Family Accommodation should keep in mind:

Choose small, family run guest houses: An opportunity to contribute to the local economy, create connections and experience fabulous hospitality. And if they don’t, well you’ll have a story. Generally, these places go above and beyond, because they care and also rely on good feedback for ongoing business. They understand the complexities of children (there are often little tackers of their own running around during breakfast or dinner time) and will often provide a cot if needed, wash a baby bottle and cook a meal to order (even if the “restaurant“ is closed).

The pool: If it is going to be HOT when you’re travelling then a guesthouse or boutique hotel with a pool cannot be passed up! You will spend more hours each day in that pool than any sight seeing activity you have planned. The kids will love it, and it gives a much needed reprieve from the sensory overload of travelling.

Room size: This is your escape.  If it is going to be cold/raining then definitely consider the size of your room/rooms and or recreation area in your accommodation. Your children are still likely to want to withdraw into their own world and space at some stage to regroup and recharge.

Don’t feel locked in: It can be difficult to gauge the suitability of accommodation prior to arrival. Each family has its own context, personalities, ages. So too, the guesthouses.  Use reviews from sites such as tripadvisor to help you. If you arrive and it’s not working however.  CHANGE.  Change.  Honestly, don’t feel guilty. Just do it.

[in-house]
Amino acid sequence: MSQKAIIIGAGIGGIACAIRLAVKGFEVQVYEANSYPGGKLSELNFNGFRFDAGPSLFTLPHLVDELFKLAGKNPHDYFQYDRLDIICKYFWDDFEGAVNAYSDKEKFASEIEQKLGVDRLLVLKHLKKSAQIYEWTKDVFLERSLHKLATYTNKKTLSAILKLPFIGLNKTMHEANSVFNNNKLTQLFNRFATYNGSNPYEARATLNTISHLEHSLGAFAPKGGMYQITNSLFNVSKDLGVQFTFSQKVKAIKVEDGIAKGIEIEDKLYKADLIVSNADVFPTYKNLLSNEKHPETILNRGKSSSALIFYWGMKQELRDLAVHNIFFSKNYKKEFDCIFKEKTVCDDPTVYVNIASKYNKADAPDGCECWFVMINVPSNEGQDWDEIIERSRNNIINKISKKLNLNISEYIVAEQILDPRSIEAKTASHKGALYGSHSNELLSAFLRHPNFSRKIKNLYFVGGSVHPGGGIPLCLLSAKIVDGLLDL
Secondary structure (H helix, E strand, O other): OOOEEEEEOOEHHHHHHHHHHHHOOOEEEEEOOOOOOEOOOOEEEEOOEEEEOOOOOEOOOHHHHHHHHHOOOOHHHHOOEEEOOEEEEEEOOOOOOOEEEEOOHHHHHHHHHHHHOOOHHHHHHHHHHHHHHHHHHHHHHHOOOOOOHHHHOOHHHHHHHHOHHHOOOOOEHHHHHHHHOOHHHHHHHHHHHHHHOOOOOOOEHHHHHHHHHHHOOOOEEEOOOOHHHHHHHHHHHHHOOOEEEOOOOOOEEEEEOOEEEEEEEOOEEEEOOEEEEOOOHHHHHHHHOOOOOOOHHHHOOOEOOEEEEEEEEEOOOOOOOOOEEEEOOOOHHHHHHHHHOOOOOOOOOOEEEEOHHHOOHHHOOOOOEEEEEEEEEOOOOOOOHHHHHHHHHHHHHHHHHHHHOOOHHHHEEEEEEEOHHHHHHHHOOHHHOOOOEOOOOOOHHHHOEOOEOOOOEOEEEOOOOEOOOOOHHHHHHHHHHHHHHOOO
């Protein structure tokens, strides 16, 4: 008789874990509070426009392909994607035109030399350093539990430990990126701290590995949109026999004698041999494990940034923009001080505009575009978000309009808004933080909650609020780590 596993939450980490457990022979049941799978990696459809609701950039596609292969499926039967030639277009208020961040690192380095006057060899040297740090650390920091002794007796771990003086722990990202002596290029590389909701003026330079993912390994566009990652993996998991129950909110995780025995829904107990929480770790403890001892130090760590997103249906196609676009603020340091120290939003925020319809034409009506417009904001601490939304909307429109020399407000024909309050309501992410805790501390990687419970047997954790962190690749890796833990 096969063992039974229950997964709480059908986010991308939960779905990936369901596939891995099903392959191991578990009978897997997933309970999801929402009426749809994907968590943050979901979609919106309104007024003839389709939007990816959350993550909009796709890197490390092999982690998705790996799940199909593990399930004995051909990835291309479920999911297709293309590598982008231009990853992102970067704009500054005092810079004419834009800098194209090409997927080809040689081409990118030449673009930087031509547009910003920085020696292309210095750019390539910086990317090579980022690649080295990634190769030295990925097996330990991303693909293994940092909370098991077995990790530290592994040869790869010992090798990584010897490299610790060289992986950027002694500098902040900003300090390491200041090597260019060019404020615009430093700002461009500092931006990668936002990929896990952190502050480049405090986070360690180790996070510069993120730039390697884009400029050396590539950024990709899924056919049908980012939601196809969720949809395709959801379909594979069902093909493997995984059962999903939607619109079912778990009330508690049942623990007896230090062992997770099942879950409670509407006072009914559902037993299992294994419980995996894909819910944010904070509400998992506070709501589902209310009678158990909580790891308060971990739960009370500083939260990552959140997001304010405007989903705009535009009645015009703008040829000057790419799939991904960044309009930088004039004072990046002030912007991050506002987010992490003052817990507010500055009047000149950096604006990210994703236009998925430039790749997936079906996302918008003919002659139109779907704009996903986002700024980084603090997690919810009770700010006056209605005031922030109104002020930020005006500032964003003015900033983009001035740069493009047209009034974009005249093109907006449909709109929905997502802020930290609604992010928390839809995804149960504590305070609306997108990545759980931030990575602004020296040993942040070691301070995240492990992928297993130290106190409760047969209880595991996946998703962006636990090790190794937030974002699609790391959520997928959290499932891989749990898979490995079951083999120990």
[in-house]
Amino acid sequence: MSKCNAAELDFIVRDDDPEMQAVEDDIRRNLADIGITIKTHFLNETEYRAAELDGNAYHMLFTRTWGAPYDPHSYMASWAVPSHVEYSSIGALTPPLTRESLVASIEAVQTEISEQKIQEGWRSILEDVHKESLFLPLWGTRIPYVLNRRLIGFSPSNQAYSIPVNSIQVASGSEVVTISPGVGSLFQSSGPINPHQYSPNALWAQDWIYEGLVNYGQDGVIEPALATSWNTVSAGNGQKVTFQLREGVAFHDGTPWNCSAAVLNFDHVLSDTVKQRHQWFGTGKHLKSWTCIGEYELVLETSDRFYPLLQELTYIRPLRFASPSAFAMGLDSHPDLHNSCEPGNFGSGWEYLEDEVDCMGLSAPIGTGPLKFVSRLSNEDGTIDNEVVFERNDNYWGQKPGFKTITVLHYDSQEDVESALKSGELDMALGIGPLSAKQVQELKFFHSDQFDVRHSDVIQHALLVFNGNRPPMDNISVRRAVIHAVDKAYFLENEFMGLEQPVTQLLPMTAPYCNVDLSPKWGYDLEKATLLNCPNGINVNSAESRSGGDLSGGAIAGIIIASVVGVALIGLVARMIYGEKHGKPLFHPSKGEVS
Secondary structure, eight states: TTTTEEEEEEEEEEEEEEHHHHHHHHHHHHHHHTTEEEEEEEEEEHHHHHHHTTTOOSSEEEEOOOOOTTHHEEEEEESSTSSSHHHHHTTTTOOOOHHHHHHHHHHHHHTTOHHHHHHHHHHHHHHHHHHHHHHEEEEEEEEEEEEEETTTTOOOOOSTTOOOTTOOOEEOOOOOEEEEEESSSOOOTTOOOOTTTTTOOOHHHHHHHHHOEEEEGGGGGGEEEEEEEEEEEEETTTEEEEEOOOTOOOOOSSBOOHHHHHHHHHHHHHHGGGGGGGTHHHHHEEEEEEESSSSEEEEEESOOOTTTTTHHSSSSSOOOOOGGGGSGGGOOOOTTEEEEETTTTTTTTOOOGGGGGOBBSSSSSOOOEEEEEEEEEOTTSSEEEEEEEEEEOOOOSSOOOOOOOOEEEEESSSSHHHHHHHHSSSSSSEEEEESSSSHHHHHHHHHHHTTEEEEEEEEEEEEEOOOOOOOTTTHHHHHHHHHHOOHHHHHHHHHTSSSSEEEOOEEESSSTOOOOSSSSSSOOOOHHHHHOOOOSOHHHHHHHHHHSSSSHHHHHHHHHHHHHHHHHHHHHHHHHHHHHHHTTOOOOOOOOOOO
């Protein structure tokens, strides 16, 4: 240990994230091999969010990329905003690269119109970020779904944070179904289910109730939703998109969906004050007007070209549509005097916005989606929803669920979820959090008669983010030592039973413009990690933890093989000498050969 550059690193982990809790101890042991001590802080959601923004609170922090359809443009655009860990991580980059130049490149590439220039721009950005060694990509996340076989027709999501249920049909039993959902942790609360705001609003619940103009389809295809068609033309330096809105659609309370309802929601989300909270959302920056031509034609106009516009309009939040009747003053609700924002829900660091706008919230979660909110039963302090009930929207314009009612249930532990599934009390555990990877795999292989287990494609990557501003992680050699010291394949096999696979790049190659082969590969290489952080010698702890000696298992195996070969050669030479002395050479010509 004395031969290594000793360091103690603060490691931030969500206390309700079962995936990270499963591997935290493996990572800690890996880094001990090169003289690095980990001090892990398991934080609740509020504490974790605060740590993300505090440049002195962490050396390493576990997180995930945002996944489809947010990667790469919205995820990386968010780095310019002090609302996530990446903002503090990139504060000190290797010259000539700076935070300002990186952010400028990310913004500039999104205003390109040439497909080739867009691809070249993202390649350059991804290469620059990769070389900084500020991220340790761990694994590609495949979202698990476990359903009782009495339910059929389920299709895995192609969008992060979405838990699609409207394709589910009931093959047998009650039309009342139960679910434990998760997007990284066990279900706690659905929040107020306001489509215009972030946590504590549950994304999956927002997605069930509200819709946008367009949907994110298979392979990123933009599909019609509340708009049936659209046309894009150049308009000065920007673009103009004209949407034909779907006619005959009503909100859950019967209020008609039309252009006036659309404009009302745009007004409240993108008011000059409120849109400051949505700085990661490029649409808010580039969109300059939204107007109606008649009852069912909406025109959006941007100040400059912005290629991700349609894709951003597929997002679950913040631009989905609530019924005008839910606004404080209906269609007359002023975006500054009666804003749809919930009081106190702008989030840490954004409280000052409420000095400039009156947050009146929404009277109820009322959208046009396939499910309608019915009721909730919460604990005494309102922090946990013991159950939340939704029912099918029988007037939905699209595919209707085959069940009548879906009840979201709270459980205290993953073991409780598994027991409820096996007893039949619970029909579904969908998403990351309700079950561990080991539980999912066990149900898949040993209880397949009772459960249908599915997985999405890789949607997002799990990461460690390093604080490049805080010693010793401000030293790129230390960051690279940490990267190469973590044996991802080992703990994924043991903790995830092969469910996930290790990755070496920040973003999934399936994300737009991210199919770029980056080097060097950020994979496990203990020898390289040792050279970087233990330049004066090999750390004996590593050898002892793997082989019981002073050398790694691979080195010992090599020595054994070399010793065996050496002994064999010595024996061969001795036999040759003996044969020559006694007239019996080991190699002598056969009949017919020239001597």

If it doesn’t quite work for the climate, location, family dynamics: change. We offered to pay our accommodation for the first night even though we relocated within 2 hours of arriving in Bagan, Myanmar.  And we didn’t regret it.  (FUTURE POST: What to do in Myanmar with kids)

Non-negotiable Three: A Destination Fit For a Family

Our golden rule:  Know the climate before you buy.

If you are like us, you are going to want to travel somewhere interesting. Perhaps somewhere you haven’t been before. However take into account the impact of the destination on you and your kids:

The Climate: what is the weather going to be like? Will you be able to be outside sight seeing or be shackled to the poolside/air conditioning? Will it be comfortable to be wearing a carrier all day? Will it be wet/monsoon season? Are there “better” areas of the country for the time of year you are travelling. Will you need a pool as reprieve?  Note from experience:  Hoi An in July is too hot for little ones. 😉

Time zone: if possible minimising the time zone changes can help ensure your little ones adapt quicker or alternatively Ads’ suggest you just stay on home time which allows for sleep ins and later nights in Asia! *Beneficial for trips that are less than 2 weeks*

These are just our 3 non-negotiables when travelling as a family. What are you thoughts? Did we miss something?